Over the course of the preceding pages, we’ve identified that inflation is a beast that we’ve dealt with before, in fact, on 6 separate occasions since 1915. For the last 30 years though, it’s been well contained, likely making our current environment feel even worse. On average, inflationary shocks last for 25 months with the range falling between 11 months and 65 months. Even brief shocks, leave lasting damage, as prices rarely recede, but simply continue to grow off a permanently higher base. As we demonstrated, the effects on a $100,000 annual budget with 3% inflation compared to that same budget and inflation after experiencing an inflation shock of 10% amounted to $475,754 over 30 years. While not discussed, this lasting impact is likely the reason that the Fed is determined to douse inflation even at the expense of recession. Recessions are temporary.

While most think of inflation as a variable that pinches pocketbooks and strains household budgets from a cost perspective, it also delivers a blow to asset values in the form of stocks, bonds, and even real estate. For financial assets like stocks and bonds, where markets discount a stream of future cashflows to arrive at a present value, the connection is through the discount rate. Just as falling interest rates and, correspondingly, discount rates have benefited stocks and bonds over the last decade, rising discount rates are now pressing down on those values. This impacts all investors, but disproportionately retirees, as they find themselves in the crosshairs of declining asset values and unexpected and permanently higher expenses.

So, what is the solution? While there is no perfect answer to solving the inflation problem, there are a few things that investors can do that have led to better outcomes. First, investors should seek to protect principal during this initial shock period, but only to the extent that investors prevent exceptionally bad drawdowns. Otherwise, having a portfolio that rebounds during the recovery period leads to the most optimal lifespan of retirement portfolios. The worst outcome was the cash portfolio, a natural reaction for investors experiencing declines, but a poor choice during inflationary periods, as the gap between return and inflation tends to be the largest over time. The moral seems to be to stay invested at or around your risk tolerance, provided you own a portfolio that is positioned to minimize the pain, while providing that opportunity for recovery.

But how do you do that? While I may sound like your average barber advocating for yet another haircut, value assets, or those that are cheap compared to their own histories or to other global assets, seem to stand out. The current list of these assets includes US large and small value, international and emerging markets value, and commodities, all of which provide benefits in this current environment. More specifically, owning them in a diversified portfolio aligns with the objectives of avoiding bad drawdowns during the shock period while remaining invested to experience the recovery.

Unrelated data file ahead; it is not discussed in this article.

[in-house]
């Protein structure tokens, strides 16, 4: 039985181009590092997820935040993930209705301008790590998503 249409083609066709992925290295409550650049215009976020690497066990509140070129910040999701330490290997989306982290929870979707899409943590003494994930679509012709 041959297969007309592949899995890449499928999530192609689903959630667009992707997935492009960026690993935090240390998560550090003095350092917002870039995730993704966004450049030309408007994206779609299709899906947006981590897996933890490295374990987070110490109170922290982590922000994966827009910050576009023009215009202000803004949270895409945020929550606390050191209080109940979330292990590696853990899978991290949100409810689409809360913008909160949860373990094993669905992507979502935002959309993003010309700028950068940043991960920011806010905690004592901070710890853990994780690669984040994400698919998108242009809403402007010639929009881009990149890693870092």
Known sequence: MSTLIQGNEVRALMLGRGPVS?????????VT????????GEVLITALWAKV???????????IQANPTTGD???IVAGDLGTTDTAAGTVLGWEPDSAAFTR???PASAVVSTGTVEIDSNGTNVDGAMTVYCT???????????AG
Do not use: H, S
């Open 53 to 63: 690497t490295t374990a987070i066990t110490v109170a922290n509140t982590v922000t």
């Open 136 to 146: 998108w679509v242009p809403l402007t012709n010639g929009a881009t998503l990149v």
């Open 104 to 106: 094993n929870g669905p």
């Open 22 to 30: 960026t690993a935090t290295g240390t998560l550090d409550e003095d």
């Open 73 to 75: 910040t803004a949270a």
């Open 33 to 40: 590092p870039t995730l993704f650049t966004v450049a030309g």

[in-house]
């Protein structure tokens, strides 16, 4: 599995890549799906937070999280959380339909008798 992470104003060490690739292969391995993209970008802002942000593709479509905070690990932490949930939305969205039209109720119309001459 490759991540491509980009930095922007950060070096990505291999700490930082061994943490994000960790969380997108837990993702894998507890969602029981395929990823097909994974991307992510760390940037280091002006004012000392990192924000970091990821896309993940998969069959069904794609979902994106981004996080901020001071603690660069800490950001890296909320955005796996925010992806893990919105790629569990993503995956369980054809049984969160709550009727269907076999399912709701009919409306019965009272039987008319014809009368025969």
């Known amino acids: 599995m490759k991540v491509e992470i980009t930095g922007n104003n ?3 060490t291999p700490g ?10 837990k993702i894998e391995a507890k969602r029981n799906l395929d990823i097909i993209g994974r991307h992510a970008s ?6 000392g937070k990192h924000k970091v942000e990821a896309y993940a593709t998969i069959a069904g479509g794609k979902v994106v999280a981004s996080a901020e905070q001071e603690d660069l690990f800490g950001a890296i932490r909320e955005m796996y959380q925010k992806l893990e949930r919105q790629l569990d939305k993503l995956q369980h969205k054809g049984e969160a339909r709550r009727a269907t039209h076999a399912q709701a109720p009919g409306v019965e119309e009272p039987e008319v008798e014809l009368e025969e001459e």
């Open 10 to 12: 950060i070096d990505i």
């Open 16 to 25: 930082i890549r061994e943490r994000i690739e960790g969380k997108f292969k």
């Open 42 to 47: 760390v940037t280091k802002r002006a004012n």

How have value assets helped to achieve these goals thus far (Chart 4)? First, the low duration or interest rate sensitivity of the current list of value assets has led to outperformance of virtually everything we would define as a value asset compared to those assets that are expensive. While this does not mean they have escaped negative results in all cases, it does mean that thus far the damage has been limited. This checks the box of providing good defense during the initial shock period for value assets. Second, and perhaps most importantly, low valuations tend to correlate highly with elevated long-term returns which checks the second box regarding capturing the recovery with a greater potential to outperform your spending rate.

While 2022 has not gotten off to the start any of us had hoped for, our strategies thus far have held serve. Inflation is the variable impacting most investment strategies with ours benefitting from low valuations and corresponding low discount rate sensitivity, as rising inflation and discount rates negatively impact both stock and bond portfolios. We believe, and thus far our experience has shown, that our strategies are up to this challenge. Thank you as always for your continued trust and confidence.

1 Sam Ewing is a former baseball player who played for the Chicago White Sox and the Toronto Blue Jays.

3rd Quarter 2022 Market Insights is intended solely to report on various investment views held by Integrated Capital Management, an institutional research and asset management firm, is distributed for informational and educational purposes only and is not intended to constitute legal, tax, accounting or investment advice. Opinions, estimates, forecasts, and statements of financial market trends that are based on current market conditions constitute our judgment and are subject to change without notice. Integrated Capital Management does not have any obligation to provide revised opinions in the event of changed circumstances. We believe the information provided here is reliable but should not be assumed to be accurate or complete. References to specific securities, asset classes and financial markets are for illustrative purposes only and do not constitute a solicitation, offer or recommendation to purchase or sell a security. Past performance is no guarantee of future results. All investment strategies and investments involve risk of loss and nothing within this report should be construed as a guarantee of any specific outcome or profit. Investors should make their own investment decisions based on their specific investment objectives and financial circumstances and are encouraged to seek professional advice before making any decisions. Index performance does not reflect the deduction of any fees and expenses, and if deducted, performance would be reduced. Indexes are unmanaged and investors are not able to invest directly into any index. The S&P 500 Index is a market index generally considered representative of the stock market as a whole. The index focuses on the large-cap segment of the U.S. equities market.